Since traditional building materials were partly conceived based on availability, it is always best to find the medium for secondary reuse projects from what easily accessible through mapping waste in a given area. In this case, I discovered that books and magazines are the most plentiful items that many feel guilty to discard and end up circulating amongst reluctant individuals. Thereby making this installation out of books would not only help to divert waste paper from landfills, as over 50 percent of landfill materials are from paper and paper products, but also save resources, energy, and chemical processes hazardous to the environment.
Soda cans are rendered useless after single consumption and therefore become ubiquitous objects in the landscape even though many do get recycled. It is worth noting that even recycling cans are often down-cycled and not as straight forward as recycling pure aluminum. The body is made up of aluminum, while the top and bottom of the can is made up of an aluminum magnesium alloy. During the recycling process, both the aluminum body and alloy mix together and results in a weaker product.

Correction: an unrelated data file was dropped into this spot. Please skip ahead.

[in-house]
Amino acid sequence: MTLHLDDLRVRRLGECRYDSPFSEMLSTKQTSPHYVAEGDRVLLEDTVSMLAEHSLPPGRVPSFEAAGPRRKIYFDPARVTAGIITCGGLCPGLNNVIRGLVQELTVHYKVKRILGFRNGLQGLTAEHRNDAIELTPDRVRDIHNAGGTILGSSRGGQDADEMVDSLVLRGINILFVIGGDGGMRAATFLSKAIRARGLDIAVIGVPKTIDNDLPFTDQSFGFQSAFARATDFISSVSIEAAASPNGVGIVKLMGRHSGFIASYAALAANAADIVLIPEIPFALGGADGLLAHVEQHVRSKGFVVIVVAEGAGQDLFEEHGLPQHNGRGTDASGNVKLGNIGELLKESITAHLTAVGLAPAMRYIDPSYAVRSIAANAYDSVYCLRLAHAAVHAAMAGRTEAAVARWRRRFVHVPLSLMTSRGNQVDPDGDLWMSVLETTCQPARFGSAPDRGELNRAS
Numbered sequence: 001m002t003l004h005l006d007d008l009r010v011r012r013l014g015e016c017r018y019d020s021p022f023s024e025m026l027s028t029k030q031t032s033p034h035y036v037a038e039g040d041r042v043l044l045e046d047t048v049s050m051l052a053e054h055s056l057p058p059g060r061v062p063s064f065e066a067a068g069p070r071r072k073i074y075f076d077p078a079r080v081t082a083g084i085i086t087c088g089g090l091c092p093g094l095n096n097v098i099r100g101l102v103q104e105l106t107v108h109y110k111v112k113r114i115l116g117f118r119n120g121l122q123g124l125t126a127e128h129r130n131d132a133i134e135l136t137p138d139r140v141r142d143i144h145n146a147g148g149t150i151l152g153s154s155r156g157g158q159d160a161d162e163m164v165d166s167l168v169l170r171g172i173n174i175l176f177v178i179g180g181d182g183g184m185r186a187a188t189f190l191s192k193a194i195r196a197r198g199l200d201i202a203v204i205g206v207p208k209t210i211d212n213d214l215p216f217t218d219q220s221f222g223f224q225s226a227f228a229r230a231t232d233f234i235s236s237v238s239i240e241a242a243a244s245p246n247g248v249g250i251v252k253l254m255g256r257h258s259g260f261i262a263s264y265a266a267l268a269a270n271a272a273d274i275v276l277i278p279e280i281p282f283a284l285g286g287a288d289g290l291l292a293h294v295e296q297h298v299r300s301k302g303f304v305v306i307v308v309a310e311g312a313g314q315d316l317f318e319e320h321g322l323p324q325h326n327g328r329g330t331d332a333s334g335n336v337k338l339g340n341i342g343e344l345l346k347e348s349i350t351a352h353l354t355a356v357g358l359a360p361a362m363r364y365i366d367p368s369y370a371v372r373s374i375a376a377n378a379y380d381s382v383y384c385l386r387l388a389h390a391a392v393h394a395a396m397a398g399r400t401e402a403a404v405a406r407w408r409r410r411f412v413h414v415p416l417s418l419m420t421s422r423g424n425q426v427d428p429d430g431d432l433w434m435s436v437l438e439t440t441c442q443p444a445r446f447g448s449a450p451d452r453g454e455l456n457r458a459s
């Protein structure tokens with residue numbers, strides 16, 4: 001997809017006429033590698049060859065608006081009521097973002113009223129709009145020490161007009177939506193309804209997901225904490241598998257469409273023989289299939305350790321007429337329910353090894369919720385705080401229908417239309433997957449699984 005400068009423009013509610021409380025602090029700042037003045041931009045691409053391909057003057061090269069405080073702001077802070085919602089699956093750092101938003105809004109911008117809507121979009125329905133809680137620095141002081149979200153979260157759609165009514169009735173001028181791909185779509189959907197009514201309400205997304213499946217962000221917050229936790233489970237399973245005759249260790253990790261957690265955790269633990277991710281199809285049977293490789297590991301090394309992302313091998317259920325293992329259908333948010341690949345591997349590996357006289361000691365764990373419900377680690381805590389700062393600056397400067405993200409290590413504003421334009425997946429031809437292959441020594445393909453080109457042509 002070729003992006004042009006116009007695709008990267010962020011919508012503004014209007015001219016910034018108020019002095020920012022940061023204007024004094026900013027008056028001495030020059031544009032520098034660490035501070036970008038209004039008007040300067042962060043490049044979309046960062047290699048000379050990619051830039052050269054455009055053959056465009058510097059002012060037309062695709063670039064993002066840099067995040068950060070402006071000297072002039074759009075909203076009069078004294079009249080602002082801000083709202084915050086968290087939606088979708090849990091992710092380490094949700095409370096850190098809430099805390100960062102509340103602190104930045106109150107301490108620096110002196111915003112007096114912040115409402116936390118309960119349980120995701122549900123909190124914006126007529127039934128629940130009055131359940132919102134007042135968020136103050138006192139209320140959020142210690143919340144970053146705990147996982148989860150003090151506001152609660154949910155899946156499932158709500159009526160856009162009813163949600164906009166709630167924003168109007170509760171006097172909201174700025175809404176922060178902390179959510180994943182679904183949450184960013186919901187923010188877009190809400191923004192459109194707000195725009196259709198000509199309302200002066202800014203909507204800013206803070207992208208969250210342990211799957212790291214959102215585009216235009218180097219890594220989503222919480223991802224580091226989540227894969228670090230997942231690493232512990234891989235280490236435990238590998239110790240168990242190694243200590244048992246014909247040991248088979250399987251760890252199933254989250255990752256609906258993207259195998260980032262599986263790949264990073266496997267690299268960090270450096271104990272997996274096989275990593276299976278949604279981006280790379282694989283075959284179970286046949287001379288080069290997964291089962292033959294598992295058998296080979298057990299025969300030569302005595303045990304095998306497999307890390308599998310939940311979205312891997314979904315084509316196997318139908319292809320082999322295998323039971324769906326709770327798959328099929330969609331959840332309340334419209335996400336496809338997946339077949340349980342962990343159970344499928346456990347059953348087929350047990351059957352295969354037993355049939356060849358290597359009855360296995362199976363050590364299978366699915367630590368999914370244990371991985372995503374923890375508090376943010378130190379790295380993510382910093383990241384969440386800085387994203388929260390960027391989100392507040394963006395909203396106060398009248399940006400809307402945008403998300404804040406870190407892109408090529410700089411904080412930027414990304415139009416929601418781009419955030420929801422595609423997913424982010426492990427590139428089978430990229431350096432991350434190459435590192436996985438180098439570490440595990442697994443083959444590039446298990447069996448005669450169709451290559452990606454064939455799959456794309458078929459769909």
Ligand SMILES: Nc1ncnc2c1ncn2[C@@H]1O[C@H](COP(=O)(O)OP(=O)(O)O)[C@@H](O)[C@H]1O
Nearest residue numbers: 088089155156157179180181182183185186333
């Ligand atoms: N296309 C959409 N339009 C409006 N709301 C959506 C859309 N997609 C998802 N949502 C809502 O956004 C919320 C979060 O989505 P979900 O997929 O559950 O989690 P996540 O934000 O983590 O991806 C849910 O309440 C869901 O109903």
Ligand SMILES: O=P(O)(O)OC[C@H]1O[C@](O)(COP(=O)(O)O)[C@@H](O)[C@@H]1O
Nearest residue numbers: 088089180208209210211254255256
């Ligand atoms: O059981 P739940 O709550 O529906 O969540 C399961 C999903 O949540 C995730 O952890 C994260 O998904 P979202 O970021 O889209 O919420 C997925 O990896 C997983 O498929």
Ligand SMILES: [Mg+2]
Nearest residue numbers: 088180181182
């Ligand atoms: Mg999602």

After collecting over 500 cans, they were implemented as an exterior cladding system made up of shingles. A jig encompassing a Dremmel tool was developed (though it can also be easily done by hand) to slice the top and bottoms off the cans, separating the aluminum from the alloy, thereby retaining the value of the material upon future dismantling. The sheets are then cut and rolled out, the edges bent with a break press to resist the sheets from going back to its circular form, while preventing sharp edges. Soda cans prove to be an ideal material choice because aluminum is impermeable, rustproof, and versatile by nature. It is also easy to acquire seeing that an average of 1,500 beverage cans are produced every minute in Canada, a huge amount of embodied energy being wasted after 5 minutes from its consumption.